Pulling my hair out.

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flyin-lowe

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Here's the scoop. I set up a 120 gallon tank on March 15. Seeded media and it cycled in about a week. It has two medium size swords, 2 annubias nana, water wisteria, moneywort, annacharis, java ferns and maybe a few more things I'm forgetting. Anyway I have two 96 watt cfl bulbs (less then 2 watts per gallon). I am trying to stay low tech and the only ferts I have used are root tabs for the swords. The plants all look really good but for about the last two weeks I have been fighting green water. I kept the lights off for three days and began daily water changes. I have an RO unit now and am transitioning to RO water. I was changing 15 gallons each day. The GH of my water is very low (1-3). The TDS of my tap water is about 250, the RO water is about 15, and right now the tank water is at about 150. My plan was to use a mix of RO and tap water to (75%RO 25% tap) to provide some nutrients and avoid having to add additives.
Right now there are about 12 corries in the tank and 4 BN plecos. I plan on stocking with Angels and I have been spending a lot of time on an angel forum and those guys are high tech and over my head. They all seem to think that I have too much lighting and need to start ferts for all the plants. The plants I chose (I thought) were low light/low tech type plants. I used to leave the lights on for 12 hours and have cut that back to nine. The 3 day dark period helped a little but not much. I plan on doing a major (60% or more) water change today to see what happens. I was thinking that if it is a lighting issue maybe I could get some floating plants to control some of the light getting in. If you think the floating plants are a good idea I am open to suggestions as to a good type.
I have read most of the links in the cloudy water section so I don't need a link to that. I am just trying to figure out what I need to do to get my lights and plants balanced. I am not seeing any algae on the driftwood or glass just the murky water.
Thanks
Here are a few pics, the cloudy one was taken about a week ago and it is a little better now. The other pic should give you an idea of how many plants are in the tank.
 

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michael68

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I have never seen water like that,maybe its your mix of tap and ro,NO CLUE!!
 
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flyin-lowe

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The water was going green before I started mixing the RO. The frequent water changes with the RO have cleared it up a bit. I think I will do a massive water change this evening and then turn the lights off for several days. At least this way I will know if it is algae or something else. If it is algae does anybody know how long it takes it to start to die off?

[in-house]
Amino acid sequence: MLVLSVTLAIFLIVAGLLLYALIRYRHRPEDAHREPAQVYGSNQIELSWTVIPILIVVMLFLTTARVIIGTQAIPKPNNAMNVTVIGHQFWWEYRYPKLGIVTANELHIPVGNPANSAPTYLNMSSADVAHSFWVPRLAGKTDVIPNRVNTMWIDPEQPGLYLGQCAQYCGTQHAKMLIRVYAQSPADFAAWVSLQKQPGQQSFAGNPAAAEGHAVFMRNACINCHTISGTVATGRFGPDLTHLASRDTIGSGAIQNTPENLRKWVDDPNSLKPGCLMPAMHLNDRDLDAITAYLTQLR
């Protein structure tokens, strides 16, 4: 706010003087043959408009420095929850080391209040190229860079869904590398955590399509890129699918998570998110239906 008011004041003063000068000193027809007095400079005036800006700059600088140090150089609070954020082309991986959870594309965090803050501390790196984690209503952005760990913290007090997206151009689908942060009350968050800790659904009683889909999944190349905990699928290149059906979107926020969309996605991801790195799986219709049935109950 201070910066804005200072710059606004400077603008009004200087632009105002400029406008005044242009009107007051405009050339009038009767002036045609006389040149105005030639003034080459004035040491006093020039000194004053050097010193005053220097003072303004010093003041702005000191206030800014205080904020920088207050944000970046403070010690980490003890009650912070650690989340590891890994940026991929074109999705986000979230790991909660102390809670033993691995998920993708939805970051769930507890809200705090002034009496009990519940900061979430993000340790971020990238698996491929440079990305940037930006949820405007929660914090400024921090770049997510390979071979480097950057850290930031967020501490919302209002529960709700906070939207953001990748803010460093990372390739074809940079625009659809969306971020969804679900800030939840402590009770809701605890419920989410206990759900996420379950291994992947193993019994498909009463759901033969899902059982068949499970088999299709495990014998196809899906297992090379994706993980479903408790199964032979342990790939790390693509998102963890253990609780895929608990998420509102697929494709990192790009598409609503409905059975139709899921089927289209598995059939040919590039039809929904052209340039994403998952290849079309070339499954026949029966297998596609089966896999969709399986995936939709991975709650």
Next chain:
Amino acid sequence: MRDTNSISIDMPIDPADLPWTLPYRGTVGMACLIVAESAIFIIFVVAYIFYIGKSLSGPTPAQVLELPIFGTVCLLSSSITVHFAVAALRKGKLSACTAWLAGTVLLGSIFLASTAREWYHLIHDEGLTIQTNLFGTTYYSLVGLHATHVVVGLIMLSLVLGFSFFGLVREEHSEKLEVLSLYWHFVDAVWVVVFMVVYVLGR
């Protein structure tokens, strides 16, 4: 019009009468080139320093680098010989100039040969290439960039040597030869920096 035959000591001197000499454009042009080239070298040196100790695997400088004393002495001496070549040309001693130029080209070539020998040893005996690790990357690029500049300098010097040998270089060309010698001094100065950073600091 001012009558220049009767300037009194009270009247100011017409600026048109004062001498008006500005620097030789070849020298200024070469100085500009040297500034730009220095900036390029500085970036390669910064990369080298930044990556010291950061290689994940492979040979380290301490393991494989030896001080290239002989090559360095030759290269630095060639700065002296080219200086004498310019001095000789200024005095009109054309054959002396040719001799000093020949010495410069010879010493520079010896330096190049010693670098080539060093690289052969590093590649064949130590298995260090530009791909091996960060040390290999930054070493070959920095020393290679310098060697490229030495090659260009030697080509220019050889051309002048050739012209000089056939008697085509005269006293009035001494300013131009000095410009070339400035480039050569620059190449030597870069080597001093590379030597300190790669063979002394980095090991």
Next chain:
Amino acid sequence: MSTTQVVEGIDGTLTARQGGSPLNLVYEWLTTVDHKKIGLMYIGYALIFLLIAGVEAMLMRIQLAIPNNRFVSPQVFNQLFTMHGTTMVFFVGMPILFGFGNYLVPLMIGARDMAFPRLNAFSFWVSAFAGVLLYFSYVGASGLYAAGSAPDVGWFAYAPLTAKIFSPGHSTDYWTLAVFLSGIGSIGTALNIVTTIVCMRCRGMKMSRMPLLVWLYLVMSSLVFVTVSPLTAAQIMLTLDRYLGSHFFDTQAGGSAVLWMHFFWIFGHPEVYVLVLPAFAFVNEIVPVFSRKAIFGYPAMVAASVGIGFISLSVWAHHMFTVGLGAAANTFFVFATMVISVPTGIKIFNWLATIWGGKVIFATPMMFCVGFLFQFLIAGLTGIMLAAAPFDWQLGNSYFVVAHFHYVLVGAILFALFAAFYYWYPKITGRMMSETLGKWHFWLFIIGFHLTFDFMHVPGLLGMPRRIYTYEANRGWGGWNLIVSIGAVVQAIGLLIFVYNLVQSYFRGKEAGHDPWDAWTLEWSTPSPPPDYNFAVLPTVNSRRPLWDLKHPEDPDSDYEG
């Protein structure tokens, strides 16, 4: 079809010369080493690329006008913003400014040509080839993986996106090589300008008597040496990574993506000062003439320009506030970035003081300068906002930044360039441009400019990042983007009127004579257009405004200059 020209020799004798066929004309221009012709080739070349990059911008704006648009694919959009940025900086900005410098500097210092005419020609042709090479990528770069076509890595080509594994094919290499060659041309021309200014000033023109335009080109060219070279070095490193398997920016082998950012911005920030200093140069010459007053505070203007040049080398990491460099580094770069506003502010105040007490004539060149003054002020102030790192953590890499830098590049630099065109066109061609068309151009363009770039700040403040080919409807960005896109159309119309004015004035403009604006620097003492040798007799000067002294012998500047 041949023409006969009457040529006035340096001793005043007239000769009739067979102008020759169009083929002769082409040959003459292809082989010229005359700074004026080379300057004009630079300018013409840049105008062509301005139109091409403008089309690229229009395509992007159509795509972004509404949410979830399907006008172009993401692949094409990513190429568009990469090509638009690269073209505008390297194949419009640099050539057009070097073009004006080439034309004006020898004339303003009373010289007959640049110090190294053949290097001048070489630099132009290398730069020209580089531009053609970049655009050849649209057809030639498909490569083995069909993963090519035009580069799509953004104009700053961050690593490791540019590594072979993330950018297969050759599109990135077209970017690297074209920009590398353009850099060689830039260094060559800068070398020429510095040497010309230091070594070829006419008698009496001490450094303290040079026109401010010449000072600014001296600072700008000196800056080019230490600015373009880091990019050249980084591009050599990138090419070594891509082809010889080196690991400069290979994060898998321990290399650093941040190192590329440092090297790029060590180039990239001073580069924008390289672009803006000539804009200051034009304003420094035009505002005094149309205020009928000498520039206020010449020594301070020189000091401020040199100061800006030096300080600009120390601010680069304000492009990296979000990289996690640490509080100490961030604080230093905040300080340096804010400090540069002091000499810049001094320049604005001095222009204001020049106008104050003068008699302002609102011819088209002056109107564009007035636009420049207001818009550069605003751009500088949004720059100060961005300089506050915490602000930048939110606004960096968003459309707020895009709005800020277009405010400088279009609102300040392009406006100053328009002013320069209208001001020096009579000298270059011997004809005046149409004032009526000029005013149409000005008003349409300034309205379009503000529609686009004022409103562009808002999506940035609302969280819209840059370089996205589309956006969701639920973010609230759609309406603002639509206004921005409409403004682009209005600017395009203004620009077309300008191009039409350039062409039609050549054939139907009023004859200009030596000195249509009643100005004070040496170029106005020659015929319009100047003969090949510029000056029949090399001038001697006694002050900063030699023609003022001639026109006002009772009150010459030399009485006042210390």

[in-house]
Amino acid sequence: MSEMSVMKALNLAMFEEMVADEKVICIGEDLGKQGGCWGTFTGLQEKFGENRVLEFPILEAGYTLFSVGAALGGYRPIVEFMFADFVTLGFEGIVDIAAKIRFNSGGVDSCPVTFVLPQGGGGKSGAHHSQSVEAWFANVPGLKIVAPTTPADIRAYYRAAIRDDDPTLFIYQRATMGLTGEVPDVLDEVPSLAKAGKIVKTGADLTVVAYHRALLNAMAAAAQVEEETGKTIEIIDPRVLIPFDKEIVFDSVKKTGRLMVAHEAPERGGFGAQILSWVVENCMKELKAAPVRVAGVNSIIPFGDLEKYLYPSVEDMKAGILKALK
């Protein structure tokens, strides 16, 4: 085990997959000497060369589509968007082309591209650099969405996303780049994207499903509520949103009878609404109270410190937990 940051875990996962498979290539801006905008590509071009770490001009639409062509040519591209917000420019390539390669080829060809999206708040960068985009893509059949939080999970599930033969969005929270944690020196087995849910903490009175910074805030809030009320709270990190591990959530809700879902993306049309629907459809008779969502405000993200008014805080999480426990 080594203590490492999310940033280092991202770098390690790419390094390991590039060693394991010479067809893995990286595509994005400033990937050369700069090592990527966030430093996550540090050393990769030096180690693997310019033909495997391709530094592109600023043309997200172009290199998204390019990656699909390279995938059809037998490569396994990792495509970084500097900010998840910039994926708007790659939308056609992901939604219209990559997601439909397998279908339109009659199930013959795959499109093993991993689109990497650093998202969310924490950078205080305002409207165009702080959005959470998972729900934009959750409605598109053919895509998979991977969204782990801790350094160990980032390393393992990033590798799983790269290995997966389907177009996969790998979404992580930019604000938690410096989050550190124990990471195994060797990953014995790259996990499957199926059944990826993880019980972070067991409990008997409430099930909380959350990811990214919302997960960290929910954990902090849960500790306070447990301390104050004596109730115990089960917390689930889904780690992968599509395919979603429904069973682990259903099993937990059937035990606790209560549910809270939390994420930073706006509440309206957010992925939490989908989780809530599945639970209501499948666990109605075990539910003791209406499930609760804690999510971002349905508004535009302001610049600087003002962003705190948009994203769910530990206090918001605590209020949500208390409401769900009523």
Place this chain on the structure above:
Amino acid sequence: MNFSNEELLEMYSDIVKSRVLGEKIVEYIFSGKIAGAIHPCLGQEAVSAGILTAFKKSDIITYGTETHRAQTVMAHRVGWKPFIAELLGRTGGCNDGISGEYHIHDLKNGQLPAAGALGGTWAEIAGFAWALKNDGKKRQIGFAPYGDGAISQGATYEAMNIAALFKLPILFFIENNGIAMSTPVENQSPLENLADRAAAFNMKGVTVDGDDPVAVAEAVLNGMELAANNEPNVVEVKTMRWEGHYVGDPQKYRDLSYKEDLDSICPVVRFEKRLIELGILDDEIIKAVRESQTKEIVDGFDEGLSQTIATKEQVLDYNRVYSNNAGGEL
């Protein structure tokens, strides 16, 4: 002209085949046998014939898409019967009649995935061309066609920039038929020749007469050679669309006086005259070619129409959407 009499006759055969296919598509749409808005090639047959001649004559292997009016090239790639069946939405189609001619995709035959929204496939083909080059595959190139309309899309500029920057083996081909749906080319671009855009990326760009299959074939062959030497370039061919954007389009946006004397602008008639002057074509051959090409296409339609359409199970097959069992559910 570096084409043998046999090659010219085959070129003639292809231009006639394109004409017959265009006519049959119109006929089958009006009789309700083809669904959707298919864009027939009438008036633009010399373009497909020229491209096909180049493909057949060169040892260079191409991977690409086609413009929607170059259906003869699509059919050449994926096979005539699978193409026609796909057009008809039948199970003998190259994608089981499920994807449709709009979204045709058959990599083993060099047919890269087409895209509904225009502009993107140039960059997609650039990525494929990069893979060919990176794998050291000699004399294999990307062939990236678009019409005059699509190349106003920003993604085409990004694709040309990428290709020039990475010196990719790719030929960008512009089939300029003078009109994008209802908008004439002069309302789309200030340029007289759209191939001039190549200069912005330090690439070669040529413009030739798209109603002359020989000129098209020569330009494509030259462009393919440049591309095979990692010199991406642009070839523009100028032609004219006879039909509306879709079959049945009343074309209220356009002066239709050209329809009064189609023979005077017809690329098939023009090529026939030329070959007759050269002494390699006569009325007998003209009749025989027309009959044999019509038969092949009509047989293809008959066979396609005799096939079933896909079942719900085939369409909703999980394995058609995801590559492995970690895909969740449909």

I also notice if I look closely at the water it looks like there is "stuff" in it as apposed to it just being green in color. Its hard to explain but I can see the cloudiness churning around across from the filter outlet. The pea gravel I used was rinsed pretty good, if I had something in the water from the gravel wouldn't it have settled by now?
 

michael68

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Maybe just keep doing water changes and hope that it clears up,possiblly rinse your filter media while doing those changes.This sounds like a question maybe Nutter can answer when he comes back on line.
 

TFA101

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Is that a window your tank is in front of? If the tank is getting direct sunlight, algae blooms like this are bound to happen. Reducing the sunlight and making more frequent water changes should help subside the problem. If this doesn't work, the aquarium may need to be relocated. If you don't want to move the aquarium, then a UV sterilizer can be purchased. This device is like a filter, it runs the water through a tube and kills the algae sells that are free floating (your green water). If i'm missing anything, I'm sure other members will be able to help you out as well. Hope this helps
 

mathas

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flyin-lowe said:
I think I will do a massive water change this evening and then turn the lights off for several days. At least this way I will know if it is algae or something else.
Green water is caused by a large colony of singe-celled organisms called euglena (or euglæna). Whether they are an algae or not depends on which source you get your information from, but I guess that's sort of an academic point if all you really want is to clear your water up.

flyin-lowe said:
If it is algae does anybody know how long it takes it to start to die off?
If you're going to try a blackout I'd go at least 5 days, but I've read more than one source indicating that some types of euglena can reproduce heterotrophically when insufficient light exists to reproduce photosynthetically. If they have enough bioavailable nitrogen and organic carbon, I'm not sure a blackout would cure it.